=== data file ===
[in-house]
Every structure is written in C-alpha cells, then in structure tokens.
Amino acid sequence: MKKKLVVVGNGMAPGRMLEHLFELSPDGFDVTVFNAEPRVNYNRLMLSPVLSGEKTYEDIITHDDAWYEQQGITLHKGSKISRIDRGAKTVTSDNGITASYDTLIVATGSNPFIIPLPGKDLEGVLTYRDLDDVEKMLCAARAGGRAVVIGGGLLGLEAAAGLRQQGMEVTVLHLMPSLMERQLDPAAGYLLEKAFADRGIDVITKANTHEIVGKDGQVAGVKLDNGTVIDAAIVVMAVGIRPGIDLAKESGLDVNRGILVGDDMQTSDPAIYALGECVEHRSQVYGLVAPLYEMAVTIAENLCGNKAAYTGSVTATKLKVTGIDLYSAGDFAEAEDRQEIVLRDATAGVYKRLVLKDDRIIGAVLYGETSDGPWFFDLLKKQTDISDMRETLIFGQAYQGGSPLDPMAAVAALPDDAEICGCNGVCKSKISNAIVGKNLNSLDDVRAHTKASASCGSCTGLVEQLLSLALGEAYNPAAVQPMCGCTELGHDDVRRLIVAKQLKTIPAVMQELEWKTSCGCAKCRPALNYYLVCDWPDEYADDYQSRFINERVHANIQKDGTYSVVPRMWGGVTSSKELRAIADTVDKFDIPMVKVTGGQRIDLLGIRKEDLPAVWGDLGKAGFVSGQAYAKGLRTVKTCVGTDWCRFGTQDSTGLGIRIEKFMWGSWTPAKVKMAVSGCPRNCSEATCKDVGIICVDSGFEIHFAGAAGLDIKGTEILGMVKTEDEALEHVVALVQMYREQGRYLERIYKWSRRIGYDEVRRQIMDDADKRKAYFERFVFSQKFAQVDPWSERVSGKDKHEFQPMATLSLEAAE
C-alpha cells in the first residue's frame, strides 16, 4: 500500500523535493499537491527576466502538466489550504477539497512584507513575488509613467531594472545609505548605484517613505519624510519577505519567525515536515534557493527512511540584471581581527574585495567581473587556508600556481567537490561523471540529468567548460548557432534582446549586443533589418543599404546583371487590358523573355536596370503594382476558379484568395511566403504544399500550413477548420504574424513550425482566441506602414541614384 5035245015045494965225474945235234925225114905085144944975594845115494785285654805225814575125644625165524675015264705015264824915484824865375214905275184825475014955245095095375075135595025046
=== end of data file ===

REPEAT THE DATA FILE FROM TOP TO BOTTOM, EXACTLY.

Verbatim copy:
[in-house]
Every structure is written in C-alpha cells, then in structure tokens.
Amino acid sequence: MKKKLVVVGNGMAPGRMLEHLFELSPDGFDVTVFNAEPRVNYNRLMLSPVLSGEKTYEDIITHDDAWYEQQGITLHKGSKISRIDRGAKTVTSDNGITASYDTLIVATGSNPFIIPLPGKDLEGVLTYRDLDDVEKMLCAARAGGRAVVIGGGLLGLEAAAGLRQQGMEVTVLHLMPSLMERQLDPAAGYLLEKAFADRGIDVITKANTHEIVGKDGQVAGVKLDNGTVIDAAIVVMAVGIRPGIDLAKESGLDVNRGILVGDDMQTSDPAIYALGECVEHRSQVYGLVAPLYEMAVTIAENLCGNKAAYTGSVTATKLKVTGIDLYSAGDFAEAEDRQEIVLRDATAGVYKRLVLKDDRIIGAVLYGETSDGPWFFDLLKKQTDISDMRETLIFGQAYQGGSPLDPMAAVAALPDDAEICGCNGVCKSKISNAIVGKNLNSLDDVRAHTKASASCGSCTGLVEQLLSLALGEAYNPAAVQPMCGCTELGHDDVRRLIVAKQLKTIPAVMQELEWKTSCGCAKCRPALNYYLVCDWPDEYADDYQSRFINERVHANIQKDGTYSVVPRMWGGVTSSKELRAIADTVDKFDIPMVKVTGGQRIDLLGIRKEDLPAVWGDLGKAGFVSGQAYAKGLRTVKTCVGTDWCRFGTQDSTGLGIRIEKFMWGSWTPAKVKMAVSGCPRNCSEATCKDVGIICVDSGFEIHFAGAAGLDIKGTEILGMVKTEDEALEHVVALVQMYREQGRYLERIYKWSRRIGYDEVRRQIMDDADKRKAYFERFVFSQKFAQVDPWSERVSGKDKHEFQPMATLSLEAAE
C-alpha cells in the first residue's frame, strides 16, 4: 500500500523535493499537491527576466502538466489550504477539497512584507513575488509613467531594472545609505548605484517613505519624510519577505519567525515536515534557493527512511540584471581581527574585495567581473587556508600556481567537490561523471540529468567548460548557432534582446549586443533589418543599404546583371487590358523573355536596370503594382476558379484568395511566403504544399500550413477548420504574424513550425482566441506602414541614384 5035245015045494965225474945235234925225114905085144944975594845115494785285654805225814575125644625165524675015264705015264824915484824865375214905275184825475014955245095095375075135595025046